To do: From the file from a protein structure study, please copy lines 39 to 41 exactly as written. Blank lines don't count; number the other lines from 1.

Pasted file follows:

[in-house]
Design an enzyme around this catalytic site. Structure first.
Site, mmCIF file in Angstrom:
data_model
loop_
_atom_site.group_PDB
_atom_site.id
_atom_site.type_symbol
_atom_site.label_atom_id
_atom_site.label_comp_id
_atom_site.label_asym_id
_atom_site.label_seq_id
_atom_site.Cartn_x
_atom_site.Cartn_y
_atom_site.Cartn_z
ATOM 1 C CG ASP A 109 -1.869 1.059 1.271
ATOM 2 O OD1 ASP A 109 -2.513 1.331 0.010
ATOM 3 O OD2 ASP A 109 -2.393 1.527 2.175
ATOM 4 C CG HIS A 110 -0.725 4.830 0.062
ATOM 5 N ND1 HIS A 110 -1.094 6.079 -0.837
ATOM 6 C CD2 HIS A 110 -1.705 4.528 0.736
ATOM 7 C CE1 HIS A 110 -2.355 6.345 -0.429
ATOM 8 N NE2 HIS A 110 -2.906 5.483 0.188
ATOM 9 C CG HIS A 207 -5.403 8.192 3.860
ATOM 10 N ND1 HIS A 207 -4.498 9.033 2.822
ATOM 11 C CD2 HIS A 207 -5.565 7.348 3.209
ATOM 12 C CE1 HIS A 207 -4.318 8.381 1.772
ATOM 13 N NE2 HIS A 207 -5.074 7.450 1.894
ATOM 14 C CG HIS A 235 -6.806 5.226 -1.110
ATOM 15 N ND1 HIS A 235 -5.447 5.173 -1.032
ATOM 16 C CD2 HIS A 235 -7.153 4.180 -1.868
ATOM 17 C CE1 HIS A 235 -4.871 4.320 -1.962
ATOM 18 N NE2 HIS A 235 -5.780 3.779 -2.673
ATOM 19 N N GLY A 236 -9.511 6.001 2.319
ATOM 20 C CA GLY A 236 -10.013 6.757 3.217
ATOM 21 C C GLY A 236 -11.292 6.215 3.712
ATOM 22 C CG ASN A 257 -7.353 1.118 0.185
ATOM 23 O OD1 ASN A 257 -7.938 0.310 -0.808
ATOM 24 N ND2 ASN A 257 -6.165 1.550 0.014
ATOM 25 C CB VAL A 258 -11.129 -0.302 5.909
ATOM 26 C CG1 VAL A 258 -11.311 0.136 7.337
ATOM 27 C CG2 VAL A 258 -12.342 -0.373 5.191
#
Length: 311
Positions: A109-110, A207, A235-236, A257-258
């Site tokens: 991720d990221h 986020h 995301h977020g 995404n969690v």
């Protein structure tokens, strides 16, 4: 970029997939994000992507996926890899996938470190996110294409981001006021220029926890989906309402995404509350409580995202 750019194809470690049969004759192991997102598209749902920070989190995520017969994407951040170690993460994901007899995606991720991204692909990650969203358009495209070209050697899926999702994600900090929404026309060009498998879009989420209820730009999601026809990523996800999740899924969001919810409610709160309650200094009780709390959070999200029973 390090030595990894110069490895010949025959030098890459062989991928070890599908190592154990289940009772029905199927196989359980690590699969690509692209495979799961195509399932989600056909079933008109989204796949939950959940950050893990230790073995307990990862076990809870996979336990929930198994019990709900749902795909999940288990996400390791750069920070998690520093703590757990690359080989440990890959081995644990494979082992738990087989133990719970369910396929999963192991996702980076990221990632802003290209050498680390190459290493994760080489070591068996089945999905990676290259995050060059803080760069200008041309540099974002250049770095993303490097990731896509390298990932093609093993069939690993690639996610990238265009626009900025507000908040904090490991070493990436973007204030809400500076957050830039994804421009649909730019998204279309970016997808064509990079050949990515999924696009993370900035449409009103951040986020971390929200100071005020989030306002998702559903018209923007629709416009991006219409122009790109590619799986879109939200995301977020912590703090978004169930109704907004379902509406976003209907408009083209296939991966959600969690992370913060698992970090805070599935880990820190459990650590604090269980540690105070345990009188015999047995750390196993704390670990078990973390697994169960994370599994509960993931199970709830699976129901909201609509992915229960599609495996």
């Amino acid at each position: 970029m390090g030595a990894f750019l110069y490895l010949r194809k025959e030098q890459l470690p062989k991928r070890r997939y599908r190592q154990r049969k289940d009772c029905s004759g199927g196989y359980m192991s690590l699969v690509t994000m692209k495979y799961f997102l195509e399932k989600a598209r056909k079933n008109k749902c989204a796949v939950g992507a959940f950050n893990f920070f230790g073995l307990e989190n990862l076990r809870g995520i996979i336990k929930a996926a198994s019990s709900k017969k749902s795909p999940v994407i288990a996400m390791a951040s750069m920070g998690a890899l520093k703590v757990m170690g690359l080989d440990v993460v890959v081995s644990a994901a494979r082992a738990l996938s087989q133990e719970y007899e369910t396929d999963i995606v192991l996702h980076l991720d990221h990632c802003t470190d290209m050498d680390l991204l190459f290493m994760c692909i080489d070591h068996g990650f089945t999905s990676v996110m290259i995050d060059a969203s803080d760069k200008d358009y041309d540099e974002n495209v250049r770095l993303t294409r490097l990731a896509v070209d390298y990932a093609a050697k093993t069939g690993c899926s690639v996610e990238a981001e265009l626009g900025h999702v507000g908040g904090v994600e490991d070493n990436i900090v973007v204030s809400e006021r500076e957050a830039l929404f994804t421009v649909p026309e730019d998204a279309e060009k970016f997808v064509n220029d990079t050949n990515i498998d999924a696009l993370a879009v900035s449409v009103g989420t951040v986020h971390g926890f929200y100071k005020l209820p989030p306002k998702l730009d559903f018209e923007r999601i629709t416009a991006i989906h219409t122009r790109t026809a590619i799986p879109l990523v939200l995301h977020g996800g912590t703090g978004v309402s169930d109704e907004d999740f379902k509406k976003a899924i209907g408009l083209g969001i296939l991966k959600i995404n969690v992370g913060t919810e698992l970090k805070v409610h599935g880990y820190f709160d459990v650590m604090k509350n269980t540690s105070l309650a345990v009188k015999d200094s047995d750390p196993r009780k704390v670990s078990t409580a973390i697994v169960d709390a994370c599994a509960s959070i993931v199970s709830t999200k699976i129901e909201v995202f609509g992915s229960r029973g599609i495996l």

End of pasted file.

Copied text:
ATOM 24 N ND2 ASN A 257 -6.165 1.550 0.014
ATOM 25 C CB VAL A 258 -11.129 -0.302 5.909
ATOM 26 C CG1 VAL A 258 -11.311 0.136 7.337